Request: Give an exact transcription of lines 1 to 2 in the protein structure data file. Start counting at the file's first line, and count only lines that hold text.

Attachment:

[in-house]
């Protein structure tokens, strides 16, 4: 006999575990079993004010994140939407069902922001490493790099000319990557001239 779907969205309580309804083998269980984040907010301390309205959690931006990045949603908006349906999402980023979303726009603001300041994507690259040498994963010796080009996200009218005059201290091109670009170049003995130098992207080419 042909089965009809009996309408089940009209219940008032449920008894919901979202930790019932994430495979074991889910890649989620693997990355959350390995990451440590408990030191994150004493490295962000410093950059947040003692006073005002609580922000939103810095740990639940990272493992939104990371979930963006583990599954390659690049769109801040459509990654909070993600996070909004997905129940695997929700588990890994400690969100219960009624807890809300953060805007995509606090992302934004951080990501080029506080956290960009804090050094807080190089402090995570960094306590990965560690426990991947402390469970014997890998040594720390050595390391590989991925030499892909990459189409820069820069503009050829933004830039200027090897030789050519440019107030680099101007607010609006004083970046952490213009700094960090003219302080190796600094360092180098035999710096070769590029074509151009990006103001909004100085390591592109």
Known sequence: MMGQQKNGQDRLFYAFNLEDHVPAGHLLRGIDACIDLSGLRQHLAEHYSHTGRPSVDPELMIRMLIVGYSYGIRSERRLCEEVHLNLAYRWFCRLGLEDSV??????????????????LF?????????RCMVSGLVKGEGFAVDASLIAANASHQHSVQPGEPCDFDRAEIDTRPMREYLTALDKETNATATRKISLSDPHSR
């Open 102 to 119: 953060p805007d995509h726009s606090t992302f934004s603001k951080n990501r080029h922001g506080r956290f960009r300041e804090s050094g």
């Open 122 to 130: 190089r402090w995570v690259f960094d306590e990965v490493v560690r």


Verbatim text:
[in-house]
């Protein structure tokens, strides 16, 4: 006999575990079993004010994140939407069902922001490493790099000319990557001239 779907969205309580309804083998269980984040907010301390309205959690931006990045949603908006349906999402980023979303726009603001300041994507690259040498994963010796080009996200009218005059201290091109670009170049003995130098992207080419 042909089965009809009996309408089940009209219940008032449920008894919901979202930790019932994430495979074991889910890649989620693997990355959350390995990451440590408990030191994150004493490295962000410093950059947040003692006073005002609580922000939103810095740990639940990272493992939104990371979930963006583990599954390659690049769109801040459509990654909070993600996070909004997905129940695997929700588990890994400690969100219960009624807890809300953060805007995509606090992302934004951080990501080029506080956290960009804090050094807080190089402090995570960094306590990965560690426990991947402390469970014997890998040594720390050595390391590989991925030499892909990459189409820069820069503009050829933004830039200027090897030789050519440019107030680099101007607010609006004083970046952490213009700094960090003219302080190796600094360092180098035999710096070769590029074509151009990006103001909004100085390591592109």